• Please read Job 38:5 in all the versions available to you. The AMP, KJV, ASV, and YLT versions all state it as a question, “If you know?” or “If thou knowest?” instead of “since you clearly have all the answers.”

      • It’s still the same idea/thing no matter how it’s said. And that approach is used many times throughout the Bible…

  13. God convicted me concerning sarcasm many years ago, using the Scripture, "Let your yes be yes, and your no, no." Sarcasm does the opposite, as per the definition from Wikipedia above.

  14. What about when Elijah mocks the prophets of Baal? Clearly God would not have us mock anyone, would he?

    "Cry aloud, for he is a god; either he is meditating, or he is busy, or he is on a journey, or perhaps he is sleeping and must be awakened" (1 Kings 18:27).

    Is sarcasm itself a sin, I don't think so. Not by this definition: "a sharply ironical taunt; sneering or cutting remark."

    Read the orators of history, many use sarcasm quite effectively.

    That being said, sarcasm used today in personal conversation and beyond is mostly done in an unhealthy way and I agree with much of this article in that context.

  15. Just curious, does anyone know of any examples of God or Jesus using sarcasm in the Bible? I've found plenty of examples of different men in the Bible using it, but not God or Jesus.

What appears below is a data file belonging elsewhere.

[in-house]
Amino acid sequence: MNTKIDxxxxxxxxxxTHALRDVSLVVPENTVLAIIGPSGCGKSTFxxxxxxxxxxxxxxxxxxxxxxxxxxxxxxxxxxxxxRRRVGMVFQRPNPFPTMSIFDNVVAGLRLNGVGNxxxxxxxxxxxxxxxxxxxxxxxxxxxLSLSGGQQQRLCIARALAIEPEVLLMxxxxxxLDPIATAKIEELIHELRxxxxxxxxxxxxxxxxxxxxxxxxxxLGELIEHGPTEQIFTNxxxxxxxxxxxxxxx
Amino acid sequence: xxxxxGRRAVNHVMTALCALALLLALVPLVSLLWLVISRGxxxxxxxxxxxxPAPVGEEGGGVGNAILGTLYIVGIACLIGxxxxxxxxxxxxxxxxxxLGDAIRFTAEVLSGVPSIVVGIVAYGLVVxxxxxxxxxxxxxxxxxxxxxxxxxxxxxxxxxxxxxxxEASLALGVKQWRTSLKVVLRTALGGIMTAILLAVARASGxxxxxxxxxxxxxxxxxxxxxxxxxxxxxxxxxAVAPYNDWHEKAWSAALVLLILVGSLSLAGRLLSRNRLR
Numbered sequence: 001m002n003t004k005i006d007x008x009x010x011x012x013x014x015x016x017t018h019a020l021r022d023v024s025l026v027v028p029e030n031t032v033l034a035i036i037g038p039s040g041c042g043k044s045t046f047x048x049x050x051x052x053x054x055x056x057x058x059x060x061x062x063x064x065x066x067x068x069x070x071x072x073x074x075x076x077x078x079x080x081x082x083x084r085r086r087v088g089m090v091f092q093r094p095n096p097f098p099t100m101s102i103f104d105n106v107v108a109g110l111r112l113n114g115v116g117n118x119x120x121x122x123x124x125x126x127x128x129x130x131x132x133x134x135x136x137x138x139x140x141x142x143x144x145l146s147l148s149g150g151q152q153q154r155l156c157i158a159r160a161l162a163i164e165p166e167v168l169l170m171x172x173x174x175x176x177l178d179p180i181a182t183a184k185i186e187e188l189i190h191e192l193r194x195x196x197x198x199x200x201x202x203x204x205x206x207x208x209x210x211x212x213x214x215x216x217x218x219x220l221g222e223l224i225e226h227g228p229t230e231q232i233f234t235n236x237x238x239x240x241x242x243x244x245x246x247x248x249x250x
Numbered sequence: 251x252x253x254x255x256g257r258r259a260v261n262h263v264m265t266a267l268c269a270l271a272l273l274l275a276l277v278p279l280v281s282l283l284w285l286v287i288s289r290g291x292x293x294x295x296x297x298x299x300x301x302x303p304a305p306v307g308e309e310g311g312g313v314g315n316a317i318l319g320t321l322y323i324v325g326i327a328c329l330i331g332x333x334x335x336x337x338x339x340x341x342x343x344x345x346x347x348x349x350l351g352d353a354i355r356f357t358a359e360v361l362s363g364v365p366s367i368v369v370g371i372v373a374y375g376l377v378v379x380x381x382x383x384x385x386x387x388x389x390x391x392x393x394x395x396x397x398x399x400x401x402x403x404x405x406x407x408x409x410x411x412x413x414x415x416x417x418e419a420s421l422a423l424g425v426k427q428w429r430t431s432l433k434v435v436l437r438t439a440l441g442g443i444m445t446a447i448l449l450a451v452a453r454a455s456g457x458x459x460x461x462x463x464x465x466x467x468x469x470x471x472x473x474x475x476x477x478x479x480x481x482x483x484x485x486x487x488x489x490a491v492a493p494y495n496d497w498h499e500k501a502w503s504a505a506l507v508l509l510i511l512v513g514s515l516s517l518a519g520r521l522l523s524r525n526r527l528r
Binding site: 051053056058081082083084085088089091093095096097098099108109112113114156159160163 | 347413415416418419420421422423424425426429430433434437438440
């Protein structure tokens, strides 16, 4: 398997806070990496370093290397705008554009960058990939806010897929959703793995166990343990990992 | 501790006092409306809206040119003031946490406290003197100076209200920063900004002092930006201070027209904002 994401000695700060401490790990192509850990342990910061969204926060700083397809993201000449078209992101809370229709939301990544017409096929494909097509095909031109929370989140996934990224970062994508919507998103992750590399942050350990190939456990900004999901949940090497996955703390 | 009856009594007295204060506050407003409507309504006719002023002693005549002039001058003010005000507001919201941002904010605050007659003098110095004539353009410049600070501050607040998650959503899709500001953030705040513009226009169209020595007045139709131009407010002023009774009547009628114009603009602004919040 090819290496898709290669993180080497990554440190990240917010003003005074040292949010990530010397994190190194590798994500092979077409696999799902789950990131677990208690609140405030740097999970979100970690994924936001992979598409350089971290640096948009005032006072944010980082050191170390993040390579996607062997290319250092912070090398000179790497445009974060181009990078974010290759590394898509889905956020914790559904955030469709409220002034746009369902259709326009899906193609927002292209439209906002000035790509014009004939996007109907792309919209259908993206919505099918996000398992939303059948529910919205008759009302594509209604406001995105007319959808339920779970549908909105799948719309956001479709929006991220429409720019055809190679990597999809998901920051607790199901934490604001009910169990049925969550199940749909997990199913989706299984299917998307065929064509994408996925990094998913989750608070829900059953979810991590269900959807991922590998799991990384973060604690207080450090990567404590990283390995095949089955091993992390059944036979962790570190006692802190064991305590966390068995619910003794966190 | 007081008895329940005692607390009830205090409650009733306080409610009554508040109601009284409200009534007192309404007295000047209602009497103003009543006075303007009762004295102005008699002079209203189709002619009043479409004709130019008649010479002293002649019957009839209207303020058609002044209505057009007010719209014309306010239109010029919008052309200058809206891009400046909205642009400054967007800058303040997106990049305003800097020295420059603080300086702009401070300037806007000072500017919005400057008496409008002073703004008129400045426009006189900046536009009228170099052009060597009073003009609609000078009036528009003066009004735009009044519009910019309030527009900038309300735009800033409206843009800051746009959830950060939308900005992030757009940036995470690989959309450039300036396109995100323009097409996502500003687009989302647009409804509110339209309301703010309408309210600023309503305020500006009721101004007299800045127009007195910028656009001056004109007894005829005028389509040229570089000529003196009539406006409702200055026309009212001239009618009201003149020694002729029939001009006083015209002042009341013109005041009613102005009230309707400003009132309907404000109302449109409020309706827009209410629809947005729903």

16. Proverbs 28:18-19 Like a madman shooting firebrands or deadly arrows is a man who deceives his neighbor
    and says, "I was only joking!"

  17. Is sarcasm a sin? Excellent question. I like what you said. Thanks for being so open and honest. I would think that the fact that sarcasm tears people down and does no build them up pushes it into the arena of sin. Thanks again for making me think and ponder. Well done.

  18. Check out this book for examples of Jesus using satire – this is a defense of satire, not sarcasm, which is a bit different. But wholesale rejection of any form of sarcasm is naive. There is more to consider than what is above.

    The Serrated Edge – Douglas Wilson
    Search for it at

  19. I was at church, fellowshipping after Bible study where I was telling someone how much I hate the act of sarcasm…….when loud and clear the pastor’s wife chimed in and told me that if I don’t like sarcasm, I am in the wrong church……! Right when I was telling what hurt me the most, I was targeted with …..sarcasm… is almost funny if it did not hurt so much…….and that is what sarcasm means to me…..something that is done with a smile at the expense of another…..

    Thanks for posting this site ……

  20. Read Amos 4 as GOD speaks sarcasm through the prophet. Unless you think this does not fit the definition of sarcasm. Then I would be curious what you define this speech as.


  21. You sound like someone who has trouble picking up on sarcasm, and thus have been the butt of it many times and now you’re bitter. Your definition of sarcasm is very myopic and, frankly, poorly informed. Sometimes people are sarcastic, and all parties involved recognize it as sarcasm, and everyone enjoys it because it’s more clever and amusing than saying the sentiment outright. Sarcasm can make a small moment enjoyable for everyone.